Each implant is a specialized rod or screw that is made of titanium. Because of its biocompatibility, titanium is the metal that is typically preferred for invasive dental and medical applications. Although the body rejects some materials as foreign substances, titanium does not usually cause a response from the immune system.
Your dentist installs a dental implant by drilling the device into the bone of your jaw. The procedure is performed in the dental office and is painless due to the use of local anesthesia.
Implants rarely fail. In fact, about 98 percent of dental implant restorations are successful. This percentage is particularly encouraging since roughly three million people in the U.S. have dental implants, and the number of implant patients is steadily growing. Still, there are instances in which an implant is unsuccessful.
Once a dental implant is installed, the wound must heal properly to prevent the failure of the device. The healing process within the bone is called osseointegration.
Osseointegration permits the bone of the jaw to connect or integrate with a dental implant. This connection allows the implant to stabilize sufficiently to support bite pressure, as well as tooth-replacement devices, such as bridges and dentures.
If osseointegration is interrupted or the soft tissues of the mouth become infected, the implant may not heal correctly. The implant wound is more likely to incur problems if the patient smokes, has unstable blood sugar levels or suffers from severe gum disease.
If you are considering getting a dental implant or already have an implant in place, it is important to refrain from using tobacco and follow your physician's advice concerning stabilizing your blood sugar. In addition, you can improve your chance of keeping your dental implant problem-free by doing the following.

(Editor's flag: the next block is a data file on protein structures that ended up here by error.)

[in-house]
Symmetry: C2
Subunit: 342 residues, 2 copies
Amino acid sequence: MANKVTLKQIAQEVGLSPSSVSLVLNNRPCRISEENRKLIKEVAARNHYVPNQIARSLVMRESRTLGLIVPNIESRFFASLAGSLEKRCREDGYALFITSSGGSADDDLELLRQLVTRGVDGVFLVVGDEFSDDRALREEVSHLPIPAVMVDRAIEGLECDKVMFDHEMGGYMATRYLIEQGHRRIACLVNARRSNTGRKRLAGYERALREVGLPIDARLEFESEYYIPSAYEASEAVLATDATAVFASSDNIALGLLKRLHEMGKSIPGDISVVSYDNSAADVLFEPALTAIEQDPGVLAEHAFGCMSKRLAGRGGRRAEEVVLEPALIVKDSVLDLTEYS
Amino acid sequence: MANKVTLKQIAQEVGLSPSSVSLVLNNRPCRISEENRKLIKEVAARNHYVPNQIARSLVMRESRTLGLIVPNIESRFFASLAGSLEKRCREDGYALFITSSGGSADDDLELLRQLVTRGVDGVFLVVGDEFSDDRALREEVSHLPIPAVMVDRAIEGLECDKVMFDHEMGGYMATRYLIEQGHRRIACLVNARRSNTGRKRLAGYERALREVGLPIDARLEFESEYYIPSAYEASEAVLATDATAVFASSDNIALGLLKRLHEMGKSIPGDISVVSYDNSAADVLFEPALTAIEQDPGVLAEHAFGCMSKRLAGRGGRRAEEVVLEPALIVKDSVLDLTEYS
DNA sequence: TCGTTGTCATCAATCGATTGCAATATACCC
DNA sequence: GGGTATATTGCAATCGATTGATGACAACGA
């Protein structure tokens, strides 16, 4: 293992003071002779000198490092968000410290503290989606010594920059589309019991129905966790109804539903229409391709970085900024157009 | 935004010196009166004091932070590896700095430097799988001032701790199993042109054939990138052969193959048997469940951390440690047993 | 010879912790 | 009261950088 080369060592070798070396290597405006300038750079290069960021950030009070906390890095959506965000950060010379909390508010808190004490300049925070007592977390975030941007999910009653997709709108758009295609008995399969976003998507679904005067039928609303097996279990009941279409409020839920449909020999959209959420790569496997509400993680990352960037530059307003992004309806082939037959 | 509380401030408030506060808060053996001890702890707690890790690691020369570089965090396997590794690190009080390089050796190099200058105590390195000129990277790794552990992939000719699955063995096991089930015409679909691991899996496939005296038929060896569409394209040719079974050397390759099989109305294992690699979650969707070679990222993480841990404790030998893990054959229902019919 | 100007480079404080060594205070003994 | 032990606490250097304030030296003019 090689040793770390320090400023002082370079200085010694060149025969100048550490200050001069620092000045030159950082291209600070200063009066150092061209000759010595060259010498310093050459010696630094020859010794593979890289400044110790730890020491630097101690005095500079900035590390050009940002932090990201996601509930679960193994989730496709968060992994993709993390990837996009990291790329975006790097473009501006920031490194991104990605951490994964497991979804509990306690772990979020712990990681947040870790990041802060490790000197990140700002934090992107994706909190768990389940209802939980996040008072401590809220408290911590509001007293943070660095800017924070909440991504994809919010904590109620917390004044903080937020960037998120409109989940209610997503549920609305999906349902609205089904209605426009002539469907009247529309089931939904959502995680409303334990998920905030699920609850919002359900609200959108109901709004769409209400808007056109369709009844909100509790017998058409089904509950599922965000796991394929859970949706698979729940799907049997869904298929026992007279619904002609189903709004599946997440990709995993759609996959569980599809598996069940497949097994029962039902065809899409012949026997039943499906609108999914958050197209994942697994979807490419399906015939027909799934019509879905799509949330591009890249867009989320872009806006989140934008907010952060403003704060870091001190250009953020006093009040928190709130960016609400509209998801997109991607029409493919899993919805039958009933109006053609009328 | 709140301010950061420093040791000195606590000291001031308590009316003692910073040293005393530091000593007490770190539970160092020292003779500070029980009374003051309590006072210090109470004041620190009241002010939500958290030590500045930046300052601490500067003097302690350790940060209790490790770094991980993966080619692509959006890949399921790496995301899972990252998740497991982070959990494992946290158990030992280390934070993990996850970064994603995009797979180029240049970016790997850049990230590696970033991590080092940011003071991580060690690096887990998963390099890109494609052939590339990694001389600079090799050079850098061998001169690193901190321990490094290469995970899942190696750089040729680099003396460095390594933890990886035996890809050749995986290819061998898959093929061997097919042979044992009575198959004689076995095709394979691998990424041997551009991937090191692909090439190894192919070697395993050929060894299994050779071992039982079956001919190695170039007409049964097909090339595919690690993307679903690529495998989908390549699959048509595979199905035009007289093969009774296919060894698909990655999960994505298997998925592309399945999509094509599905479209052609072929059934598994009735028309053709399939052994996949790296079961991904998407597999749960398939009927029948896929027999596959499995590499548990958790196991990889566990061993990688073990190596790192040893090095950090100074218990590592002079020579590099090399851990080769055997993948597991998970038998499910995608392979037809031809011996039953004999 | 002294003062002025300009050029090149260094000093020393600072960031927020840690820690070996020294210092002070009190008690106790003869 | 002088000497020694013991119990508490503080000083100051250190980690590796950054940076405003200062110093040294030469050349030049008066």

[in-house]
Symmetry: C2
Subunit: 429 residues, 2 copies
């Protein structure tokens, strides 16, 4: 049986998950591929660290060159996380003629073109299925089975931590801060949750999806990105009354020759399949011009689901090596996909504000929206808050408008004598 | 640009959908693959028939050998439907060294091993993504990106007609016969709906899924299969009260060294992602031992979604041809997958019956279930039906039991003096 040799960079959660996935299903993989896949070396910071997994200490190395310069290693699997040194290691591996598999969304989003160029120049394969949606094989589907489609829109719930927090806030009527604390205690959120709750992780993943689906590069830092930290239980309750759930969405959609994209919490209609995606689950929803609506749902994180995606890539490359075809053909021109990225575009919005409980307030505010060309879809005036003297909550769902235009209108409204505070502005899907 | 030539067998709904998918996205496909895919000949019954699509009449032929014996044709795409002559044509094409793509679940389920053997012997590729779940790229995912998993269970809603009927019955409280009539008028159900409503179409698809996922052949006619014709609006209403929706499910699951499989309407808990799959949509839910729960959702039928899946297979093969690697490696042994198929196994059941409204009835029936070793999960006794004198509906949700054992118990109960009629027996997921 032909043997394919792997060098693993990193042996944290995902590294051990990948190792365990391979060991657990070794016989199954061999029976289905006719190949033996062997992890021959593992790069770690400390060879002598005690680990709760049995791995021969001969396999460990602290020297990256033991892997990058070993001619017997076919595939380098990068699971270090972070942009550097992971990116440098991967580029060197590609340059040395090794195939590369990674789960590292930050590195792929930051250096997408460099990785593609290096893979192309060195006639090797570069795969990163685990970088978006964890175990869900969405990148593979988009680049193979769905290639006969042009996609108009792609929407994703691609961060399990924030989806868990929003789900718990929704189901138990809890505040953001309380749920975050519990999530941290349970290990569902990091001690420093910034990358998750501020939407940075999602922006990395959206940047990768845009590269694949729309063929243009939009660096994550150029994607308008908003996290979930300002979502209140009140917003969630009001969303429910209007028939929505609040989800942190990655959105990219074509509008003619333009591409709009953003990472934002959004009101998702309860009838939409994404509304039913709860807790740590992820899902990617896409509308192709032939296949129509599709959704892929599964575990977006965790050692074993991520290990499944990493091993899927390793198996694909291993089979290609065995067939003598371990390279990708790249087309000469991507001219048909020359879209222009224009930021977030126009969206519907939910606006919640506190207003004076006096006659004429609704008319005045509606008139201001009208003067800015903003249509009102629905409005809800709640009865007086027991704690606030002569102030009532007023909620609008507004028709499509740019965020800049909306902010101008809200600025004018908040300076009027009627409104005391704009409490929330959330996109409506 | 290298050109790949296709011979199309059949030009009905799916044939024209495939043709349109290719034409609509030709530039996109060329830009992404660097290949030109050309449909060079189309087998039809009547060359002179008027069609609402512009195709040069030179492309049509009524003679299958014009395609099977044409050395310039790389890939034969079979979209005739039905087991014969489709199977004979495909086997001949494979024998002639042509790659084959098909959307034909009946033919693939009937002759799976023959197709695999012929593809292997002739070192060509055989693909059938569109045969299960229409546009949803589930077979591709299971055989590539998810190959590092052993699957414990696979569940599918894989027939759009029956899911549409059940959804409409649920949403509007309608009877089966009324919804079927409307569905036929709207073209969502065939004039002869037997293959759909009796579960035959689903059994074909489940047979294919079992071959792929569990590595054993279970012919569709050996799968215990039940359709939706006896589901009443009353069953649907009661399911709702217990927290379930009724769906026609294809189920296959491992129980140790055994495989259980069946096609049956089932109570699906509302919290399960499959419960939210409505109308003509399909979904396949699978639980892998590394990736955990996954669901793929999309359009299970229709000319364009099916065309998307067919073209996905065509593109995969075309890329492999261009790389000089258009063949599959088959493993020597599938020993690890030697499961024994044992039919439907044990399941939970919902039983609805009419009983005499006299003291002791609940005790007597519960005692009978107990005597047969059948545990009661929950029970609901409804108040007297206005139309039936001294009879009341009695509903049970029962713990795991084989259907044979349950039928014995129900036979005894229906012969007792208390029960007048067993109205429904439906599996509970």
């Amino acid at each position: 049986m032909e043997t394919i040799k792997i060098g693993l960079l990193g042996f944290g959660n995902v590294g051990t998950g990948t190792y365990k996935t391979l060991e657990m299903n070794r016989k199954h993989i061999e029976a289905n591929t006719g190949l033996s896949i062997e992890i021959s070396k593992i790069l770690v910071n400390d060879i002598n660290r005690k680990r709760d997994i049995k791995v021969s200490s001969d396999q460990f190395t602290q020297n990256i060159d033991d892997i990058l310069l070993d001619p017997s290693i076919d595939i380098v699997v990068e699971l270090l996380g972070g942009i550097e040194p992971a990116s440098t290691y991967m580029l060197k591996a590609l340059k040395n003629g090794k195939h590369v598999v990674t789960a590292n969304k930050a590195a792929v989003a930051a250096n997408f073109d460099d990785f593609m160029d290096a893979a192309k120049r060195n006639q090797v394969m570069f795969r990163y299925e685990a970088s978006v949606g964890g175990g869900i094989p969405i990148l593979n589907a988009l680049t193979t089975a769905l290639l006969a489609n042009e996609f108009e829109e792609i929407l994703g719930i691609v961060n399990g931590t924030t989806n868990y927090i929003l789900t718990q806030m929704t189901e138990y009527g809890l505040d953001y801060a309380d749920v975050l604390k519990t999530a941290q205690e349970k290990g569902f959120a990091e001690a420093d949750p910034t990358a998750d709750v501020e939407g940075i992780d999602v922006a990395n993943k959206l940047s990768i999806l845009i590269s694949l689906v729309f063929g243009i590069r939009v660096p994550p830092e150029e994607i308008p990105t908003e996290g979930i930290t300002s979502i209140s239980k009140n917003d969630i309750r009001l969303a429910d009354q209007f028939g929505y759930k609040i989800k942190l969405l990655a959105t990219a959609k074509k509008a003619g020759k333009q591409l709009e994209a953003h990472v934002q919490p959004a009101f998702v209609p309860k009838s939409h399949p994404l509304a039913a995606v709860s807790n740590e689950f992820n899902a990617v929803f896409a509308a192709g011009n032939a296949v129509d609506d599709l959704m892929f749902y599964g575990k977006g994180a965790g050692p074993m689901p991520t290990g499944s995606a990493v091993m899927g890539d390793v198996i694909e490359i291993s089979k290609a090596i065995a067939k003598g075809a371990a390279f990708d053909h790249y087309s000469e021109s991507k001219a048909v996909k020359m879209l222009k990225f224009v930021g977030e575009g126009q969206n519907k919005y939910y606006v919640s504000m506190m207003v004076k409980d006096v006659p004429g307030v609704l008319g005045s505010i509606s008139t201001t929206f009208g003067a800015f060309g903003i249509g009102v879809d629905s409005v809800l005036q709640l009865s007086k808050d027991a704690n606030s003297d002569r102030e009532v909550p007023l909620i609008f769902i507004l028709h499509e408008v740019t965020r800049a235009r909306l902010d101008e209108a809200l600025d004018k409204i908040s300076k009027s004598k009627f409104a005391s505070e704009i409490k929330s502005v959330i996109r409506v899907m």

Dental-implant patients sometimes develop a condition called peri-implantitis, which is a gum or gingival infection that occurs around a dental implant. Peri-implantitis is caused by oral bacteria that infect the gum tissue.
If the condition is not treated, peri-implantitis can result in inflammation and bone loss around the dental implant. As a result, the healing of the implant wound may be compromised.
The dentist can treat peri-implantitis by debriding or thoroughly cleaning the affected area. In addition, he or she may prescribe antibiotics to help kill the infection.
Still, the implant patient can help avoid the condition by brushing and flossing regularly and rinsing with an antibacterial mouth rinse.
Bruxism, which is another name for teeth grinding, can force a dental implant out of position. Once the force of the grinding breaks the bonds between the implant and the jawbone, the implant will not reconnect to the bone. As a result, the implant fails and must be replaced.
Since bruxism occurs at night as the patient is sleeping, it is important for a person who suffers from bruxism to wear a protective guard nightly. The guard absorbs the pressure of the grinding to prevent damage to the dental implant, as well as the natural teeth.
If you are interested in replacing your lost teeth with dental implants, contact our office to schedule an appointment.
If you are missing one or more teeth, you are not alone. According to statistics, 120 million people in the United States have at least one missing tooth. Nevertheless, due to modern dental applications, your lost teeth can be replaced.
Dentists offer multiple tooth-replacement options, including many that employ dental implants, such as single-tooth implant restorations, implant-supported dentures and implant-supported bridges. The implants used in these procedures offer stability and support.
Here is some information about dental implants and how to help ensure their success.